Backpacks, Children, Nook, Kindle and Bad Posture

BACKPACKI wrote a post in September of 2010 – “Backpack Safety – Back To School and 14 Helpful Tips.” Millions of kids wear heavy backpacks that affect their posture, which results in interfering with a proper functioning of nervous system and thus leads to sick days and unnecessary pain. A post about “Relationship of Nervous System and Spine to Organs”, will provide you a better understanding of what I am talking about. A developing young organism must be free of any obstacles for proper development. It is even more true for young girls. These individuals are the future of this society. With advancing technology our future generation can save their posture by carrying all of their heavy load of books on an electronic book reader. I am talking about iPad, Kindle, Nook and probably some other electronic gadgets that are available on the market today.

These devices are not as expensive as they used to be. It is a very minor investment in the future of your kids. My boy is turning four next month and pretty soon he is going to go to school. Currently he is practicing on my iPhone to play with different apps.  Some of my patients are principles at schools and I have talked to them  about this issue. With budget cuts in every State in the United States and over 26 billion dollars deficit for 2011 in a State of California alone it is not an easy task to accomplish. Education budget cuts are growing every year and with bureaucratic system that the State make the transfer to electronic book reader is a distant possibility.

What is the solution to this problem? I think parents must take action in their own hands and provide their kids with these light readers that weight less than a pound versus full back pack of books which can weight up to 15 pounds and sometimes even more. The solution is easy the implementation is not. Below are comparison videos of the Nook from Barnes & Nobles and Kindle from Amazon that your child can use in school.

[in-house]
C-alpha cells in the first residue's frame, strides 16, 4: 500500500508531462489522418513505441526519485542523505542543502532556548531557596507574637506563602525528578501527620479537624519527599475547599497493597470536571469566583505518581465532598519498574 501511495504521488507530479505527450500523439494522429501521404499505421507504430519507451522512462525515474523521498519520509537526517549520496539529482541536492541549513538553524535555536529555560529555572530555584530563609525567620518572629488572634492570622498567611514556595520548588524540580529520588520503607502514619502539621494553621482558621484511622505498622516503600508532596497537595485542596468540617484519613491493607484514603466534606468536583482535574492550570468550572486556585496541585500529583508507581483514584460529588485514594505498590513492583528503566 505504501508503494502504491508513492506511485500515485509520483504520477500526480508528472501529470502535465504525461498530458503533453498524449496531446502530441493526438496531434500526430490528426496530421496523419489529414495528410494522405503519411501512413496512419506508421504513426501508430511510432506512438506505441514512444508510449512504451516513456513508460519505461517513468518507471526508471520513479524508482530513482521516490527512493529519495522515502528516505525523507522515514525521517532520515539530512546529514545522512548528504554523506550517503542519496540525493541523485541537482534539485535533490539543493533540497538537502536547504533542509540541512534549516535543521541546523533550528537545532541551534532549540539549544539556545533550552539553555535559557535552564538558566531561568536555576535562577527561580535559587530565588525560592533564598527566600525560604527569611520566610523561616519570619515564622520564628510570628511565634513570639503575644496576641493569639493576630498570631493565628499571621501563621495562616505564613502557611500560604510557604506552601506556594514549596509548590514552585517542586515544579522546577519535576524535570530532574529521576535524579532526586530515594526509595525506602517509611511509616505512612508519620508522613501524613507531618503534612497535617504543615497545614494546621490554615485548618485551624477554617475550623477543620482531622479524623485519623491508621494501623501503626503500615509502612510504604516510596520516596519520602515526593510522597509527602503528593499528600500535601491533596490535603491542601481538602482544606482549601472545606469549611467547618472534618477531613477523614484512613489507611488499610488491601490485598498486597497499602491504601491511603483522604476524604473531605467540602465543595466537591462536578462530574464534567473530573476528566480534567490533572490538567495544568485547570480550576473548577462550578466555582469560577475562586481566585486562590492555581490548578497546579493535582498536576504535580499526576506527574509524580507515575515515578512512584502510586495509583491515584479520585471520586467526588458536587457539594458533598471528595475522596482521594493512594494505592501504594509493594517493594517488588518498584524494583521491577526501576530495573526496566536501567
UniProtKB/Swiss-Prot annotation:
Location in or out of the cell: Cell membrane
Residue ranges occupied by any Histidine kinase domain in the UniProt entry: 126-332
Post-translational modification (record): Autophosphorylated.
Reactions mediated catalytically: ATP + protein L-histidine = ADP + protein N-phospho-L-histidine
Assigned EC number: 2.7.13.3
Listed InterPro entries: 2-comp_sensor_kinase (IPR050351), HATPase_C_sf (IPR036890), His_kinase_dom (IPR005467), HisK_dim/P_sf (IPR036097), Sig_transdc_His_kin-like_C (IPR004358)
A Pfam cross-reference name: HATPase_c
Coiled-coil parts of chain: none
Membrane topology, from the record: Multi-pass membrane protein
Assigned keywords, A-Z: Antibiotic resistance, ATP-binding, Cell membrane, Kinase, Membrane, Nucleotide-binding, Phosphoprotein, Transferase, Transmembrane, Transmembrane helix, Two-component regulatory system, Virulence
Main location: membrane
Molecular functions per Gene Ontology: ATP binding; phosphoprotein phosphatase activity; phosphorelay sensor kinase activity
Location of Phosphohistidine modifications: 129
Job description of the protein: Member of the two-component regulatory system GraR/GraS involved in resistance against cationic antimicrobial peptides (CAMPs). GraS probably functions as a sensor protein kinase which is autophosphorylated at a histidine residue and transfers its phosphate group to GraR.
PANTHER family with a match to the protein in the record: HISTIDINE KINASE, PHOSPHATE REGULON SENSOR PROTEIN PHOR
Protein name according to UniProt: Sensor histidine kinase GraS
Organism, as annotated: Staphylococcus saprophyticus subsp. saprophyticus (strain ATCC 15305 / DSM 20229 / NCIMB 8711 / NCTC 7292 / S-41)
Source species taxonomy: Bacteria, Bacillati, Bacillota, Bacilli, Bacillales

Getting the books you buy onto as many readers as possible is a matter of great interest to educators. Right now, there are basically three ways to leverage e-books to increase distribution of titles in schools.

When Amazon came out with the Kindle, the company realized that book-buyers would want to be able to load their purchases onto more than one reading device. So the company made it possible for customers to load their purchases onto as many as six devices, in most case, if the devices were registered to the same account. As schools began to implement ereader programs, educators saw the benefit of this policy: if a school purchases six or more Kindle, every book they buy can be distributed to six devices, effectively cutting the cost of an already lower-priced e-book by a factor of six. It is like buying six copies for the price of one. And with a little extra management, this “sharing” of books among devices registered to the same account has worked well. Here is how it works for two major booksellers:

Amazon Kindle: You can download up to six copies of each book to different platforms.

Nook/Nook Color: You can download each book within devices on an account, limit six.

I think parents should take advantage of this program and send their kids to school with Kindle or Nook, pen and notepad. Make a change now before it is too late. Currently there several models available on the market: Kindle 3, Kindle DX,  Nook Black & White, and Nook Color.

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